The story of the last fifty years is the transfer of technology from decadent lazy swine to peoples prepared to work.
    It all starts in the homes and schools with a culture of degeneracy and proud stupidity.

  6. Bruce of Newcastle

    It was notable that for a long time 7 or so of the Chinese Politburo Standing Committee were engineers. I think that is reflected in the commitment to infrastructure and industry in the last couple of decades.

    By contrast most of our politicians seem to be lawyers or political apparatchiks of some kind. Thus they have little real world experience and few analytical skills to draw upon to comprehend the fallaciousness of the many political fads that are so damaging our country.

    I very much dislike the Chinese CP but our lot are rapidly becoming as totalitarian as their lot, but without the smarts.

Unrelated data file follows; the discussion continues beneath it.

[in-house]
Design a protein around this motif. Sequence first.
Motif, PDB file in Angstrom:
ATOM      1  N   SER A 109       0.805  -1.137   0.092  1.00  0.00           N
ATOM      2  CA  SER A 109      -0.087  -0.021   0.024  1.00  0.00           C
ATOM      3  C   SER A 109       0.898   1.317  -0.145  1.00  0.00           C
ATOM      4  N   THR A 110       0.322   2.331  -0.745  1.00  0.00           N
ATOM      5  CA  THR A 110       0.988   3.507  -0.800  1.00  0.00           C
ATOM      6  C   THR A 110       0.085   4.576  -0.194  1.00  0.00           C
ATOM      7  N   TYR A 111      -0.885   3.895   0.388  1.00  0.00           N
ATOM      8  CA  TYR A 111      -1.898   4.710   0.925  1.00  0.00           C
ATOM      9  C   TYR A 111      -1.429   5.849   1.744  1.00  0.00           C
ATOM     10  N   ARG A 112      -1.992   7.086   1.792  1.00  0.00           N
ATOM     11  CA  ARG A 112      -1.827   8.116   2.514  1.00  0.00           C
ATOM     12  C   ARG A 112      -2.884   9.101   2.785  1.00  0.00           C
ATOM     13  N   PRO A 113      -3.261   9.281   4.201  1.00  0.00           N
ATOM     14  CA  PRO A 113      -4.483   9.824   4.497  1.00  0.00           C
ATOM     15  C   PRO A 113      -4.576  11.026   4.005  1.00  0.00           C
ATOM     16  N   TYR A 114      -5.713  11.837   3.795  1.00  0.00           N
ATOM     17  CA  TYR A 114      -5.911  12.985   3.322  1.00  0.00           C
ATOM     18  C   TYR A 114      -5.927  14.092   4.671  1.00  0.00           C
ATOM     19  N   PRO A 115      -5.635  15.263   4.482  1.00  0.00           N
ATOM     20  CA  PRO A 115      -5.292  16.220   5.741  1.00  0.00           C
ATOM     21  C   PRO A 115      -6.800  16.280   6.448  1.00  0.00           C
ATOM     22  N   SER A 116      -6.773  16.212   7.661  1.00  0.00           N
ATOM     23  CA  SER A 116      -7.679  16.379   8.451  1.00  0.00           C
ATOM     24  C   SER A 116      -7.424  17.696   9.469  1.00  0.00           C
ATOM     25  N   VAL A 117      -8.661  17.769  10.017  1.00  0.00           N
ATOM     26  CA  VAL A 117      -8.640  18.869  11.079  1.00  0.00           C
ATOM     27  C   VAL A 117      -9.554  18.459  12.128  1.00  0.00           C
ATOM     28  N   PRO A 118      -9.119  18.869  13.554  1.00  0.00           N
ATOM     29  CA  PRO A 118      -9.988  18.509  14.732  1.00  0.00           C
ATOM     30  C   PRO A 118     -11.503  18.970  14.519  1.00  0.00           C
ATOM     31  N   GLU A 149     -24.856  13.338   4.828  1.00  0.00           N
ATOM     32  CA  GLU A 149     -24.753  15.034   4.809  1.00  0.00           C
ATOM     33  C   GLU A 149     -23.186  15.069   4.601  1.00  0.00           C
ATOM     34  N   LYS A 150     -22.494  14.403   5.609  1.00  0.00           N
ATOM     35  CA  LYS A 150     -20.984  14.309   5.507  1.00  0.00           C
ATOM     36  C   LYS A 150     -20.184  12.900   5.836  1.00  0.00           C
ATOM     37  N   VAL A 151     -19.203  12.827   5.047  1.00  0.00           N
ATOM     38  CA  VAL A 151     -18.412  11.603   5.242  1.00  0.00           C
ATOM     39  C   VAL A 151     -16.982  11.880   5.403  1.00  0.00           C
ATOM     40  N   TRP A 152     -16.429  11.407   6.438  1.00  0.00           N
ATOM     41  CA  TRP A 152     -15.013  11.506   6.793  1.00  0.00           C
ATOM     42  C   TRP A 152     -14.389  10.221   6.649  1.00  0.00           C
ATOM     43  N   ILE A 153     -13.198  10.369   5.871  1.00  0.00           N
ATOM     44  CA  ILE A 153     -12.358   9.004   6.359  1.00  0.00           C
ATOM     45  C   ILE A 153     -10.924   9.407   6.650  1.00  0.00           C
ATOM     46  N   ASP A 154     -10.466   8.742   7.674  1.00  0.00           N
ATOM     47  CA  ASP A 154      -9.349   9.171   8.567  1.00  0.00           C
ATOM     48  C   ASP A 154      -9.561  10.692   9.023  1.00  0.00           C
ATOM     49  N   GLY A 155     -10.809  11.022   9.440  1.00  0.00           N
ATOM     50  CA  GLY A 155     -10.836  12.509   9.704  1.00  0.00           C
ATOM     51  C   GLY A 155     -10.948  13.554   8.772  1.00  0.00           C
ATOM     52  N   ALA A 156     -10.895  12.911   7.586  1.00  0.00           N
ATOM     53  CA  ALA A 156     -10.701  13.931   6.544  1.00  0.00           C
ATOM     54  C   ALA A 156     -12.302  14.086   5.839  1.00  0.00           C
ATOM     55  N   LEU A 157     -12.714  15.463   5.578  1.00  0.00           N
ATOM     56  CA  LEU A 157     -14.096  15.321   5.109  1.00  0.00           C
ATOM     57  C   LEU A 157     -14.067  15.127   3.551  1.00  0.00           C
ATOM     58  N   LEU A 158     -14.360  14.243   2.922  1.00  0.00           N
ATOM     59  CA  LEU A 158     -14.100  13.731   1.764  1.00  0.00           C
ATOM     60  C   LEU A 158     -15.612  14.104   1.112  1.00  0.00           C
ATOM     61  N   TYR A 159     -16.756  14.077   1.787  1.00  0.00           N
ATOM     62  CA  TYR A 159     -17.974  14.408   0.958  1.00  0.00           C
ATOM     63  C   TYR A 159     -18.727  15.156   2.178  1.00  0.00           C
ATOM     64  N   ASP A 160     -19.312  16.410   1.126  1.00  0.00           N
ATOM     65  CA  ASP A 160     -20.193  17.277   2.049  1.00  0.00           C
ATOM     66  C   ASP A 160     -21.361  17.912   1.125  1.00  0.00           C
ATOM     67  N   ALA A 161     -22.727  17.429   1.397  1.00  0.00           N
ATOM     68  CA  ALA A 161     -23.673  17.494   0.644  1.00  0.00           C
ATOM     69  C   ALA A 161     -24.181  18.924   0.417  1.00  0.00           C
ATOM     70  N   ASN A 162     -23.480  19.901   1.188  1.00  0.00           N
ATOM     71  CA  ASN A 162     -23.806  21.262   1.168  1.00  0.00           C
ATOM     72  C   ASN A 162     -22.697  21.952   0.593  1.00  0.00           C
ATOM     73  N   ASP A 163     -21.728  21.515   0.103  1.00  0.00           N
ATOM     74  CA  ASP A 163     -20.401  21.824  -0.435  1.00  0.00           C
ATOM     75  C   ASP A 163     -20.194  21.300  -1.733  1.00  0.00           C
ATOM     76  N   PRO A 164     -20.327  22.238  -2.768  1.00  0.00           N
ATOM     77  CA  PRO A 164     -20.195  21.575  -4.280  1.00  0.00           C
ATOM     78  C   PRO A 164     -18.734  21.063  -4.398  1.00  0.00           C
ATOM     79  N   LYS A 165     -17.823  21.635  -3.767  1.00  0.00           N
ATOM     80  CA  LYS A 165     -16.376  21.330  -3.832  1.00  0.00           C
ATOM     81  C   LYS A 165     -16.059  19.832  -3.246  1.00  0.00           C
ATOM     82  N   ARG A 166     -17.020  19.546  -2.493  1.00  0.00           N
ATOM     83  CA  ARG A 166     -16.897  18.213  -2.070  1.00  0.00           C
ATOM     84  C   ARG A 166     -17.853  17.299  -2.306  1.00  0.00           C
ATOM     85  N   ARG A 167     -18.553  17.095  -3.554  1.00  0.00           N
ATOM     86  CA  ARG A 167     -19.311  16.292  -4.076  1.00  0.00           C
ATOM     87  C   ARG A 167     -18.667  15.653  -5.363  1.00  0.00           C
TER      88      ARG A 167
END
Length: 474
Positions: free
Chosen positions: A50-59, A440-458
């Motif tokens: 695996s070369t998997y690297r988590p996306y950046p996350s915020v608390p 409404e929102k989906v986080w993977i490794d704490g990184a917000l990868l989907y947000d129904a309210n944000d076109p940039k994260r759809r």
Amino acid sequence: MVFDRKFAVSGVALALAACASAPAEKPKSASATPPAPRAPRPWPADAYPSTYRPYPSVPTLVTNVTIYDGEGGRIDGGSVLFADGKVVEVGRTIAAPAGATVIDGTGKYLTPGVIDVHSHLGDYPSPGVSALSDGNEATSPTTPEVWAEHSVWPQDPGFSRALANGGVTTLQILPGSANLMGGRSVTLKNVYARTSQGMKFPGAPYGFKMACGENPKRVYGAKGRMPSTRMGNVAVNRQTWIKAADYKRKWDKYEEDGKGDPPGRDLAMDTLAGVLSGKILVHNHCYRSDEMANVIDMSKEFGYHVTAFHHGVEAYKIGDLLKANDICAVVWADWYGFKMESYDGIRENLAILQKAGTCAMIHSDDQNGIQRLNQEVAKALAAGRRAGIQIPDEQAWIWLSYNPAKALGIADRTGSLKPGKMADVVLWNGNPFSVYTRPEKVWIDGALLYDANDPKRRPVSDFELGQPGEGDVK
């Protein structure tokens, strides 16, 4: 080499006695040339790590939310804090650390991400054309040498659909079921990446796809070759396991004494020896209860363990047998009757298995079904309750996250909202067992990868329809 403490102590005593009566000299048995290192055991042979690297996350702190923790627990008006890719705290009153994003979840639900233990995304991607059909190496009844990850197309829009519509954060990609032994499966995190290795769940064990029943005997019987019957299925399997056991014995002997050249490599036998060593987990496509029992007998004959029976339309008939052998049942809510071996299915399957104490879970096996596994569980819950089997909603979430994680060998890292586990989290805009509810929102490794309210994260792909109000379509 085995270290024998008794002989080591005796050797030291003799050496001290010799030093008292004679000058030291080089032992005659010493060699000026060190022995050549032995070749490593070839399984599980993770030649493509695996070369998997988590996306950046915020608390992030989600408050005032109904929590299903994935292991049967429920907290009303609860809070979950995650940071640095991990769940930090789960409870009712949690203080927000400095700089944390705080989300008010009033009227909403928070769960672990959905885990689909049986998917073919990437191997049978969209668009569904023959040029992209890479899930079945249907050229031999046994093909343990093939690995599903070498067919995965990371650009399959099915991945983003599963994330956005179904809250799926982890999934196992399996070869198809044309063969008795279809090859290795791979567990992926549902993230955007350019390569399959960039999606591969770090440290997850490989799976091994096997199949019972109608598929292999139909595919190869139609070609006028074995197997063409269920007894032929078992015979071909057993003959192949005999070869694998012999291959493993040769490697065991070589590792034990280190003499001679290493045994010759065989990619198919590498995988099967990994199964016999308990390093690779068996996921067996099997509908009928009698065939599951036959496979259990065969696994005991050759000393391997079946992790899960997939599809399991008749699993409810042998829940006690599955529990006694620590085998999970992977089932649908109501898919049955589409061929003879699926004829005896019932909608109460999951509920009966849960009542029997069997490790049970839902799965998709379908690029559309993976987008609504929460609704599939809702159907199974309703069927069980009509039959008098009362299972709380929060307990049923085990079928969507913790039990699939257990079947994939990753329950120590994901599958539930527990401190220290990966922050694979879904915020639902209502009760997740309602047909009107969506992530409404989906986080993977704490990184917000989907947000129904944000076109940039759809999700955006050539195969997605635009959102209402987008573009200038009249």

7. Squirrel

    A wise political leader (send out a search party) would have responded to the climate change alarmists by asking hard, practical questions about how Australia’s economy will cope, and how we will pay our way in the world, if, for instance, coal truly does become a “stranded asset”.

    Such a leader would have demanded answers which go beyond the usual blather about focusing on “clean, green, high-skilled jobs” – that would have very quickly highlighted how precarious our situation is, and how our only strategy is to hope for the best. With persistence, it might have caused people to face up to the facts. It’s not too late to do this, and some of those who are likely to be in Opposition by the middle of the year could do worse than pursuing such a line against a new Government of climate change crusaders and virtue-signallers.